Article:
The first real job I ever did for a real magazine was in 1978 for Mother Jones Magazine. I was living in Oakland at the time, and I rode my little Yamaha 400 across the Bay Bridge in gale force cross-winds with the illustration in a backpack. I arrived at Mother Jones and handed over the art to the art director (can't recall her name).
She said she liked the piece very much, but that there was a slight problem. That being, Mother Jones didn't have any money to pay me for the job. I don't mind saying I was counting on the money to pay for some much needed food at the time and the news came as a serious blow to my complaining stomach.
The art director asked, "Do you like Ralph Steadman?" I said that indeed I did. She asked me to follow her and I was escorted to a room where there were perhaps 10 or more signed prints of Steadman's spread out on a table. She asked if I would accept one as payment.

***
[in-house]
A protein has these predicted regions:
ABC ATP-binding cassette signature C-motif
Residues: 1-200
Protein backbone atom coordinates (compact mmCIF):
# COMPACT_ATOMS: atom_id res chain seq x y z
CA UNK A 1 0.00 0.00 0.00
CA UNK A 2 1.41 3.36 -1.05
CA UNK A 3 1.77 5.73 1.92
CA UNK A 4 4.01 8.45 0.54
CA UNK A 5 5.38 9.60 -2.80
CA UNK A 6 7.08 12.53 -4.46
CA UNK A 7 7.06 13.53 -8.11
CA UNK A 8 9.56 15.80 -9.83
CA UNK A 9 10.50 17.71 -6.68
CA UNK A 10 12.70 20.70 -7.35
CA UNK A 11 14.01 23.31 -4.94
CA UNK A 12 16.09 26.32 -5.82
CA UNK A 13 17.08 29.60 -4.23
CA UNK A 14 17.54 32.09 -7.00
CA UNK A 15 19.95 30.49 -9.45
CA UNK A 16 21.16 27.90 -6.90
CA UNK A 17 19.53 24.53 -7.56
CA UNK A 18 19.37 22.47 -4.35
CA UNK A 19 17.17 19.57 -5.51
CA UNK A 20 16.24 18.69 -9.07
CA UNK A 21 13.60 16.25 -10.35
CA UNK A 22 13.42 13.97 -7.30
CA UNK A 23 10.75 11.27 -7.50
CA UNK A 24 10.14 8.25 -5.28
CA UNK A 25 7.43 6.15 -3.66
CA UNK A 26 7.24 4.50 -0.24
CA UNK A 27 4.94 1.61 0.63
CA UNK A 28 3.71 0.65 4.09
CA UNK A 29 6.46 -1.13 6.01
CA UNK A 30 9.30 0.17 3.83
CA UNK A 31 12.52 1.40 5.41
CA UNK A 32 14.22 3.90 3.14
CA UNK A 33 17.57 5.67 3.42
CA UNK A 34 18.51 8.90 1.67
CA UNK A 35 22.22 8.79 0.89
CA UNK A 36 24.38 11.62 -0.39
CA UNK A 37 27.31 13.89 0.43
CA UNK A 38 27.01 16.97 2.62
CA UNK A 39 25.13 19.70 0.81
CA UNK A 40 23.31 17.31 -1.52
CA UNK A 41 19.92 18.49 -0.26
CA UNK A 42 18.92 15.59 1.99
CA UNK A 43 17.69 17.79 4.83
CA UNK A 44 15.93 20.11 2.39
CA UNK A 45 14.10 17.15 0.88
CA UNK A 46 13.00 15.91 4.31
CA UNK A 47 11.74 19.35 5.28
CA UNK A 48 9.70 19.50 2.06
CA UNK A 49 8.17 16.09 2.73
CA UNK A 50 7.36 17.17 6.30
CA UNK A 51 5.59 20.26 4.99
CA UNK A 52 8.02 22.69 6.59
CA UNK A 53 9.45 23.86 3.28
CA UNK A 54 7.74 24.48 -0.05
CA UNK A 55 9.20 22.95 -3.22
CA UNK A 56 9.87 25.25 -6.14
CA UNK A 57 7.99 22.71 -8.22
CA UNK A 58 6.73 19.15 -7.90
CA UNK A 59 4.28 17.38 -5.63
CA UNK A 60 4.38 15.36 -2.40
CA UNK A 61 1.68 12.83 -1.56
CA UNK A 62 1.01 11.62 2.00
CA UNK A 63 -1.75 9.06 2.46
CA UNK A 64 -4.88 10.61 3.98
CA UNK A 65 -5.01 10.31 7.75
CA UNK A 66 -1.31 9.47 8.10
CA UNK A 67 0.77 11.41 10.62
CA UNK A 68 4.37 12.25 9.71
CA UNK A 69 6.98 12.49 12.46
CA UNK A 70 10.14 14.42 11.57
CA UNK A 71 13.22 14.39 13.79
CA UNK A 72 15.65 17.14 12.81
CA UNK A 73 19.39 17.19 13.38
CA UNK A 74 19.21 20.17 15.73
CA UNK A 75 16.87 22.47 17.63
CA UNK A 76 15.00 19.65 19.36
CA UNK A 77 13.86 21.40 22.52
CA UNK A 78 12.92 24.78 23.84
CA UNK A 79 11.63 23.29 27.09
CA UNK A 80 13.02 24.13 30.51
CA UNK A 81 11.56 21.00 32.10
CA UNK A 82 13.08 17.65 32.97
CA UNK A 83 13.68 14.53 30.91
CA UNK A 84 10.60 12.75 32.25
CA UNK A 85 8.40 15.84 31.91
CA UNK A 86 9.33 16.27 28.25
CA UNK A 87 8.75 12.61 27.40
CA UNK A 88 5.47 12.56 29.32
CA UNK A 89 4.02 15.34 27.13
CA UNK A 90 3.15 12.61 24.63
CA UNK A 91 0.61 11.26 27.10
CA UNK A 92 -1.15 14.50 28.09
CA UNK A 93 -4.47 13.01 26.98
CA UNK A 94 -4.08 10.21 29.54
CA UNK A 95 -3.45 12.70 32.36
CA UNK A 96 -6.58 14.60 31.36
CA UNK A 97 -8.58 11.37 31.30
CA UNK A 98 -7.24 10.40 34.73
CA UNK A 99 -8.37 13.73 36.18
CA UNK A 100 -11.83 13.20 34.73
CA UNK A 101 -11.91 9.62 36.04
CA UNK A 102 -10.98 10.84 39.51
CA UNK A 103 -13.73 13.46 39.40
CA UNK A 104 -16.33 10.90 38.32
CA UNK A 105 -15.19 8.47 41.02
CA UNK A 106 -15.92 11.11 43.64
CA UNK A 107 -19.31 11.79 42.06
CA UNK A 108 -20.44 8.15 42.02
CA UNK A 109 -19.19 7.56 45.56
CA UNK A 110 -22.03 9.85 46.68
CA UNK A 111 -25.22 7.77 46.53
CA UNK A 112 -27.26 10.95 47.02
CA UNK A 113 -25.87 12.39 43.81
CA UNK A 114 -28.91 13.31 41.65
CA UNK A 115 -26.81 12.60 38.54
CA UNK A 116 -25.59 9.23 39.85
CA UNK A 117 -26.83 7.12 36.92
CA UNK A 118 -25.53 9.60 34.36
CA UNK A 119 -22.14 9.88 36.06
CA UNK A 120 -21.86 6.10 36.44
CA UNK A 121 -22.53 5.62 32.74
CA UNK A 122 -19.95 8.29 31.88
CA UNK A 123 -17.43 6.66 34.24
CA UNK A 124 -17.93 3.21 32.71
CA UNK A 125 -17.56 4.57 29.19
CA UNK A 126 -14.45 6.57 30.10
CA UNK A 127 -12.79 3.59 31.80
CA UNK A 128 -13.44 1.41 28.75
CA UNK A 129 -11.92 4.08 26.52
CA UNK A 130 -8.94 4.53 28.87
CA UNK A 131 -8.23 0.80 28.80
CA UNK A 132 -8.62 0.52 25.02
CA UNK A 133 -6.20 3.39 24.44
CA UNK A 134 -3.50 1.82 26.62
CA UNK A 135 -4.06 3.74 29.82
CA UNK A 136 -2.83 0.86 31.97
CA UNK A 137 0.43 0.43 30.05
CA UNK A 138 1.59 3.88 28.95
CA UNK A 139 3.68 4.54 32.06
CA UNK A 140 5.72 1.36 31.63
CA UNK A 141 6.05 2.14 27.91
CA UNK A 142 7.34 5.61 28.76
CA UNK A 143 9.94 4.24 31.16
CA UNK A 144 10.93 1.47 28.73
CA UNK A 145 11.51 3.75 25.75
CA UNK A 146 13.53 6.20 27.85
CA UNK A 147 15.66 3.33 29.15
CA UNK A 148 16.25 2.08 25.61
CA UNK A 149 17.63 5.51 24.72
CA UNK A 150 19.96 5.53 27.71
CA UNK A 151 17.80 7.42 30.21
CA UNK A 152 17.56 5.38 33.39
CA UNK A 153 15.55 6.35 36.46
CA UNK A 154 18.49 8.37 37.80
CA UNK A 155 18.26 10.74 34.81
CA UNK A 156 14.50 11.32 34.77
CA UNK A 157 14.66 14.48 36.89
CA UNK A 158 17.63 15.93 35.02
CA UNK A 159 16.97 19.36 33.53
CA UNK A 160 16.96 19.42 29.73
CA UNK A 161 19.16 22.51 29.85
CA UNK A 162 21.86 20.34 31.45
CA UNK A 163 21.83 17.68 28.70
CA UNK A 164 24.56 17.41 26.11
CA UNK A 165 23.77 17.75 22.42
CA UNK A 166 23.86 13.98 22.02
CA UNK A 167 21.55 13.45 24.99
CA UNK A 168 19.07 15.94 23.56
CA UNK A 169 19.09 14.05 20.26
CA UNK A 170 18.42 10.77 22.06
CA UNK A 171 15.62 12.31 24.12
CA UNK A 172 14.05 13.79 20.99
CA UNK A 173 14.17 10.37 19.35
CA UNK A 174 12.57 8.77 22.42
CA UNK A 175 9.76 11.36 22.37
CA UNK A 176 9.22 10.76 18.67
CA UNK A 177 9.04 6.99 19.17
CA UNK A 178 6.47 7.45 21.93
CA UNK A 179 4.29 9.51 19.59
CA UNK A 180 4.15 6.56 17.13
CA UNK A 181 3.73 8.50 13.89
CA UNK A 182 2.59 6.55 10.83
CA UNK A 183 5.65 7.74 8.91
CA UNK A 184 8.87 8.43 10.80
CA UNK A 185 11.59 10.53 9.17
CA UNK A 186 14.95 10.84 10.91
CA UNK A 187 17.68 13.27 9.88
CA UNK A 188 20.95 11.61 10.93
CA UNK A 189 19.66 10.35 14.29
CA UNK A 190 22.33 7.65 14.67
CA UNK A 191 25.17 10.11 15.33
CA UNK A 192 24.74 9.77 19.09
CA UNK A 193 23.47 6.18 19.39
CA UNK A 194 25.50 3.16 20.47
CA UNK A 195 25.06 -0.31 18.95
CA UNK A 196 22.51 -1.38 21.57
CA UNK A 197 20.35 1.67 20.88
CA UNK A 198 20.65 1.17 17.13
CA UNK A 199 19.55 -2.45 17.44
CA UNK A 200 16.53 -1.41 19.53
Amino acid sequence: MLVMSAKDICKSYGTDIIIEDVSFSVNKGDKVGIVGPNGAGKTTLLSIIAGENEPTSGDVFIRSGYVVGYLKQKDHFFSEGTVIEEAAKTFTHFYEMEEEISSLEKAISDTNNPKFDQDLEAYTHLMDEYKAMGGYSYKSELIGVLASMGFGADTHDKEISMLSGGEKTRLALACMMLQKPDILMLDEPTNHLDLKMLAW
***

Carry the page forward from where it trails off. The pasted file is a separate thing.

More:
After picking out a print, she provided me with a mailing tube which I bungied to my little Yamaha and faced the cross-winds of the Bay Bridge home.
The print, signed in pencil below a printed signature and numbered 56/100 depicts J. Edgar Hoover and has hung in my house ever since.
I've been using the above image from Josh McKible's bonus page today as my desktop and I'm now taking it off cause I can't get anything done. Thanks mckibillo but I need to stop staring at my screen all day.
The first semi-annual Drawger Design Awards do not include a buffet lunch, no key note speaker and have no legitimacy what-so-ever as they are based completely on what I think is nifty.
For best use of Drawgers clunky and remarkably confusing interface, the top award goes to David Flaherty for his super smooth header.
A close second, receiving nothing what-so-ever except big props and insane jealousy from me is Susan Crawford for her deft melding of background color and banner.
For best use of a frustrating and madly confusing color picker, loud applause and admiration to new-comer Marc Burckardt for the enviable eye candy.
The semi-annual Drawger Design Awards are based on nothing at all except what I personally think is groovy. Anyone who thinks they have been left out, passed over, or unjustly ignored can file complaints in the circular file.